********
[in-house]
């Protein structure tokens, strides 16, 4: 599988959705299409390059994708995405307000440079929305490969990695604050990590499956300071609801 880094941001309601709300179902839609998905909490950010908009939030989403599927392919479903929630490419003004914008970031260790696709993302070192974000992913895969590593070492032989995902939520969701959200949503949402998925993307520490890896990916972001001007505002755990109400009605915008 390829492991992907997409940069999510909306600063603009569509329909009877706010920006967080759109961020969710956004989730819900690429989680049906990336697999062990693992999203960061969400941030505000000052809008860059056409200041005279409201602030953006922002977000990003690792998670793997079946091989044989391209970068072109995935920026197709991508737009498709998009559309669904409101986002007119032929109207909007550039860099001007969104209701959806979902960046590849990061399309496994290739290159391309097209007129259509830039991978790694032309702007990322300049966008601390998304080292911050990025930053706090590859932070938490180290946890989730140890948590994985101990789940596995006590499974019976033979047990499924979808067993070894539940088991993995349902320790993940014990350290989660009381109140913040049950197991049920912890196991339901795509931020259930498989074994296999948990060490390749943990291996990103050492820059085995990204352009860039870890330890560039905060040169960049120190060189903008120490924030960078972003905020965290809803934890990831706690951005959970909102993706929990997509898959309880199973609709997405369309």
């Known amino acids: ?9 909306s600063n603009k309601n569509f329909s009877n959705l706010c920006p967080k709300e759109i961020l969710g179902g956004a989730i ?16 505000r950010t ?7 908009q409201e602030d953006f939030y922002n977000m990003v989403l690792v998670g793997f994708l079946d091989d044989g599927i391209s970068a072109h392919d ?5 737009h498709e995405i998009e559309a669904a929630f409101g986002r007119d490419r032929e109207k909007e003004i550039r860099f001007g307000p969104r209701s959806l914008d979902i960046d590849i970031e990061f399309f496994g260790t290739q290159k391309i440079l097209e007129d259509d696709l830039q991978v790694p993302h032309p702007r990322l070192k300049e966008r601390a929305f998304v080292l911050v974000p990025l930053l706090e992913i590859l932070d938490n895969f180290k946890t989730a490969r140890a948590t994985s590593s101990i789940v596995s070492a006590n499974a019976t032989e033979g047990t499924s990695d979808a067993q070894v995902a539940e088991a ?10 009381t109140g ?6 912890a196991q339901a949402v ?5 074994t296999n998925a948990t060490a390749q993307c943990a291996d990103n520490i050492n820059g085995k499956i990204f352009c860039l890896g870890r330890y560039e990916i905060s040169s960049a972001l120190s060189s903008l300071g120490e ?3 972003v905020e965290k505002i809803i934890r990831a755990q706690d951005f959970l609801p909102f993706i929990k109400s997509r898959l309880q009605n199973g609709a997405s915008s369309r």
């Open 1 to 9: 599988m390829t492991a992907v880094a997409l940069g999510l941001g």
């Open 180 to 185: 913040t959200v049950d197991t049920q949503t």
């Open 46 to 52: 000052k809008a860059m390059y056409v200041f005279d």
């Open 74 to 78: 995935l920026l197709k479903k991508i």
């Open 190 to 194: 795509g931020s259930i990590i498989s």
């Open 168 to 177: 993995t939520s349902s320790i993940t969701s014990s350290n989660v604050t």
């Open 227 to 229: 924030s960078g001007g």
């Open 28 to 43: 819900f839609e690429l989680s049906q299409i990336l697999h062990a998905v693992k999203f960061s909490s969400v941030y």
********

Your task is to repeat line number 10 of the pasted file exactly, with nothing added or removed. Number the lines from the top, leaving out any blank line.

């Open 227 to 229: 924030s960078g001007g």